Peristera shipwreck, Alonnisos, Late 5th century BC

Dubbed the “Parthenon of Shipwrecks,” the Peristera wreck is one of the most spectacular wrecks ever discovered. Located near the island of Alonissos in the Northern Sporades, lying at a depth of between 19 and 28m, the sites consists of an enormous mound of over 4,000 wine amphoras (two-handled ceramic storage jars) sitting proud of the seabed, indicating the original shape of the hull.


The wreck was first reported to the Ephorate of Underwater Antiquities in 1985 by a local fisherman. A team of archaeologists went on to survey and excavate the site through the 1990s, revealing an extensive cargo of tightly packed amphoras, as well as black-glazed bowls, two-handled drinking cups and plates, and elegant bronze tableware. Analysis of the artifacts indicate the ship, a large merchant vessel carrying a consignment of wine from the Macedonian port of Mende (Chalkidiki) and ancient Peparethos (Skopelos), sank sometime in the last quarter of the 5th century BC.

Only small fragments of the wooden hull were discovered during the excavations, buried under the massive weight of its cargo. Archaeologists estimate the ship to have been around 25-30m in length, and weighed over 120 metric tons when fully laden, dwarfing  every other known wreck from the Classical period (5th and 4th centuries BC) in the eastern Mediterranean.

Protected by the National Marine Park of Alonnisos and Northern Sporades, the Peristera wreck was opened to the public as an underwater museum in August 2020, the first of its kind in Greece. The site is accessible to Advanced Open Water-certified divers or equivalent (qualified to dive to 30m), and is equipped with underwater signposts that provide information on the exhibits and their historical context.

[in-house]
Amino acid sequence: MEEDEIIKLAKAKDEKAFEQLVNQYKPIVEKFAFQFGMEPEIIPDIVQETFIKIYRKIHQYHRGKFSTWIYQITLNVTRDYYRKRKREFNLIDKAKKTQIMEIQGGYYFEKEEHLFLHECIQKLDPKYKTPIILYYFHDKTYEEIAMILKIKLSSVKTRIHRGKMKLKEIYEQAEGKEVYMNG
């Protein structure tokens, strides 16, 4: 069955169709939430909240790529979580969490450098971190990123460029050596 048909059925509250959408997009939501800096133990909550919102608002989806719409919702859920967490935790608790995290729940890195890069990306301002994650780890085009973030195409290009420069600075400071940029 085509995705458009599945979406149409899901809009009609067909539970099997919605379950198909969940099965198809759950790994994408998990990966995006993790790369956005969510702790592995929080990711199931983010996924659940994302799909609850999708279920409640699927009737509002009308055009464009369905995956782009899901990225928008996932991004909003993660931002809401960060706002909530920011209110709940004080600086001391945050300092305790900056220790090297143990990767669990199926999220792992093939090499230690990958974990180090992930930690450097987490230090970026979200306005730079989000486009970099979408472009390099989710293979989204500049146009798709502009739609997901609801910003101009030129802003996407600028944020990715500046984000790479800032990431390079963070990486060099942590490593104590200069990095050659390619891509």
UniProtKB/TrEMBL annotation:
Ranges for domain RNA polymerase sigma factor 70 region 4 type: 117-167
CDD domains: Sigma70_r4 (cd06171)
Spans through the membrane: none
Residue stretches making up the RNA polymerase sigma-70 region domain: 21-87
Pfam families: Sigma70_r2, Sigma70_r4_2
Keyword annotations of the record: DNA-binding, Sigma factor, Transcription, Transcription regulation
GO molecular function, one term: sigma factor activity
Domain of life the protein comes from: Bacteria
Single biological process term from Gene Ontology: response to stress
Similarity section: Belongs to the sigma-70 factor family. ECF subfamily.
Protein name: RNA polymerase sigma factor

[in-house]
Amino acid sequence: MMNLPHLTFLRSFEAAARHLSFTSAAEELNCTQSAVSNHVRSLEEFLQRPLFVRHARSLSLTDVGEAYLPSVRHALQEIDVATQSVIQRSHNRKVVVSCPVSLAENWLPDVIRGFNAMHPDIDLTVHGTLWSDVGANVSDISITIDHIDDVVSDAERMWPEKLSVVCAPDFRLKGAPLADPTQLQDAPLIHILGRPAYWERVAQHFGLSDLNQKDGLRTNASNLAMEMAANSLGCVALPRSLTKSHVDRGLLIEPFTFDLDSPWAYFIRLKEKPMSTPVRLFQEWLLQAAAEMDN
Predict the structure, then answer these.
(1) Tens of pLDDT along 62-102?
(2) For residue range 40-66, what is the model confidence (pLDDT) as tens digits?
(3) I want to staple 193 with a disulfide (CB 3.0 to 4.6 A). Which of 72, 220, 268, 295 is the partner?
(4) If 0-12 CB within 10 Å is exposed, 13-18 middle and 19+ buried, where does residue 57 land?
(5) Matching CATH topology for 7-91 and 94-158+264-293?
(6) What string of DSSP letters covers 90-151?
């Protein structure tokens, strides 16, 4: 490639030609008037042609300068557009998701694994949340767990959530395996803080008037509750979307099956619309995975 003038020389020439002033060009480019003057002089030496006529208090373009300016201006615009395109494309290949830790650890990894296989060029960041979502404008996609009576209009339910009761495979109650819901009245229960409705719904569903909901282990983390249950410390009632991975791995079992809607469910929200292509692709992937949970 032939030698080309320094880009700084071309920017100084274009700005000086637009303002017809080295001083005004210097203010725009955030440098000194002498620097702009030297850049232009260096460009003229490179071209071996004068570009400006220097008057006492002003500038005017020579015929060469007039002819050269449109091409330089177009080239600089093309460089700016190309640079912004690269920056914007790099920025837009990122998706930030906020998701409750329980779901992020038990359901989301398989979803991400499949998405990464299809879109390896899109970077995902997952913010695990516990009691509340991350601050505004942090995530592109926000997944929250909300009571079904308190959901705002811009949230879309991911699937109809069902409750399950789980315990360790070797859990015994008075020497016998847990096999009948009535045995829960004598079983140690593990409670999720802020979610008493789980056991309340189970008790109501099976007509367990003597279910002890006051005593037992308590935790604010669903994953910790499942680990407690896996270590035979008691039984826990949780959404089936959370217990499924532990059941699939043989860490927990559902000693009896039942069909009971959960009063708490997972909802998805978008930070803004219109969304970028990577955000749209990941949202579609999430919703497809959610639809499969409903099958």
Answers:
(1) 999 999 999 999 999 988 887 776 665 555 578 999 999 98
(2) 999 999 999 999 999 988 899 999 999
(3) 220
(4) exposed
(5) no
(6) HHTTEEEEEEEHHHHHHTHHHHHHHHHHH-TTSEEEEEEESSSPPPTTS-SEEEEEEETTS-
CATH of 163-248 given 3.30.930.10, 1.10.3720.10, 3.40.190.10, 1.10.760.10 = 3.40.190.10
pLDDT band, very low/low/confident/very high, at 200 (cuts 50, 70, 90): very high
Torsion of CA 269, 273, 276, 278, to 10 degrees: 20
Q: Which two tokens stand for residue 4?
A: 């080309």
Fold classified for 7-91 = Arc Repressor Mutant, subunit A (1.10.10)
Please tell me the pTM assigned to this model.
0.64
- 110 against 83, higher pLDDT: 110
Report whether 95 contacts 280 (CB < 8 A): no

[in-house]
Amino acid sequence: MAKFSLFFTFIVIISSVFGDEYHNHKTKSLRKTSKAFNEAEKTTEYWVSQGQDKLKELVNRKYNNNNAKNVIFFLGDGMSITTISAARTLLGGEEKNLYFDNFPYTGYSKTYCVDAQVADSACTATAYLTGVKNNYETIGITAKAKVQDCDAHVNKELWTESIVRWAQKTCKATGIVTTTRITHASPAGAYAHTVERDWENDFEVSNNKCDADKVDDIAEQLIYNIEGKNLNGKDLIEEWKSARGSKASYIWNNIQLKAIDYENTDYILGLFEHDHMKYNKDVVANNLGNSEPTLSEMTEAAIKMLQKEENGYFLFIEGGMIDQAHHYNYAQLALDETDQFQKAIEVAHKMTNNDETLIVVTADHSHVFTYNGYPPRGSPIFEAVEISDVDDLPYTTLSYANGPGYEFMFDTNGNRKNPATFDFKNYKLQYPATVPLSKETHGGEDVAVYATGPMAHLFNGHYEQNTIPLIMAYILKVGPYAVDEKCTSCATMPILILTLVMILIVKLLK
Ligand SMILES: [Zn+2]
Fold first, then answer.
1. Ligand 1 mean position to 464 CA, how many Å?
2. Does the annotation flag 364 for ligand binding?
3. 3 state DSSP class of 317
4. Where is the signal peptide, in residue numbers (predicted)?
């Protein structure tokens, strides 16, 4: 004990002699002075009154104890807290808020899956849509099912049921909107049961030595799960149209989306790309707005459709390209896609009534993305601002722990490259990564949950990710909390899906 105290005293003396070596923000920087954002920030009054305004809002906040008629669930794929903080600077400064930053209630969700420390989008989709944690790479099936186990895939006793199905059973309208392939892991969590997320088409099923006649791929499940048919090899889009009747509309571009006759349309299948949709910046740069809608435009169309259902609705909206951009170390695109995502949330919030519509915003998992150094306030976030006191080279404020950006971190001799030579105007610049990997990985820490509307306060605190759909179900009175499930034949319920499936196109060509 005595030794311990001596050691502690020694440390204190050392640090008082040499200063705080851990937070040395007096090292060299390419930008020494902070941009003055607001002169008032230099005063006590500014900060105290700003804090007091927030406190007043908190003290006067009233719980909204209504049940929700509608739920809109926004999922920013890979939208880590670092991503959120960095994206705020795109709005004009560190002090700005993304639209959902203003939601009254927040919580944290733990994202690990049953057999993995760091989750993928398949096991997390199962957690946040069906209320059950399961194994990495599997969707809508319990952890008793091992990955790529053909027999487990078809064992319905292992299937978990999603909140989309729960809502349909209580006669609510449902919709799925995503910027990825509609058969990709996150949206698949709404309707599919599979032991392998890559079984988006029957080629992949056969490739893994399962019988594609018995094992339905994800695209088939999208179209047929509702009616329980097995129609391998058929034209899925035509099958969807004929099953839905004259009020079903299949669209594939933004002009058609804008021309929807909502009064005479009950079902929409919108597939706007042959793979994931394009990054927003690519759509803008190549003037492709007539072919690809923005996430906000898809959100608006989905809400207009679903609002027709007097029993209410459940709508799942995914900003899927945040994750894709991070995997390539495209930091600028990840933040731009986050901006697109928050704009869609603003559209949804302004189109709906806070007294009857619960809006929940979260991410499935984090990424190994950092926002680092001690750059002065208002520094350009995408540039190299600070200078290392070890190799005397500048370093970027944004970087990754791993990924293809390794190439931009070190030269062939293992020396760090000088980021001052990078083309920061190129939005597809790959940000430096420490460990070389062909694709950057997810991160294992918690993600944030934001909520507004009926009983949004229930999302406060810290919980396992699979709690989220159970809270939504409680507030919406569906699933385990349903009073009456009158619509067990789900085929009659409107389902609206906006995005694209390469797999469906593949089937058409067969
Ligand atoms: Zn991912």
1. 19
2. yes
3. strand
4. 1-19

Click here for our comprehensive guide to diving on the site.

Antikythera shipwreck, Antikythera, early-mid 1st century BC

The Antikythera wreck, discovered in 1900 by a team of sponge divers off the island of Antikythera, is without doubt Greece’s most iconic shipwreck. Dated to the first half of the 1st century AD, this Roman-era wreck yielded a treasure trove of ancient artworks, including fabulous marble and bronze statues, and the mysterious Antikythera Mechanism, an intricate and sophisticated mechanical device often referred to as the world’s first analog computer.

A deepwater site, between 45-60m, only fragmentary remains of the wooden hull were found in-situ. Instead, a large scatter field of heavily concreted artifacts was found strewn across the seabed. Subsequent investigations of the wreck by Jacques-Yves Cousteau in 1953 and again in 1976, as well as more recent projects by Greek and international research groups, have recovered hundreds of priceless artifacts, including glassware, pottery, bronze statuettes, coins, gold jewelry, and even human remains. 


A new 5-year project, launched by the University of Geneva in 2021, is using the latest advances in underwater survey technology to investigate the site and its surrounding area, in the hope of finding more pieces related to the Antikythera Mechanism.

Due to its immense historical importance, the Antikythera shipwreck is strictly off limits to all recreational divers. However, visitors to Athens can head to the National Archaeological Museum and see many of the artifacts recovered from the wreck on display in the galleries, including the famous Mechanism.

Click here for more information about the enigmatic Antikythera Mechanism.

The Mentor, Kythera, 1802

Lying off the southeast coast of Kythera, the wreck of the Mentor is linked to a highly controversial event that took place at the turn of the 19th century. The Mentor, a brig under British ownership, met its fate in a storm in September 1802 while transporting precious artifacts looted from the Parthenon by Thomas Bruce, 7th Earl of Elgin. The ship, bound for England with 12 passengers and crew, encountered stormy weather and crashed into the rugged coastline of Kythera, sinking to a depth of 23m.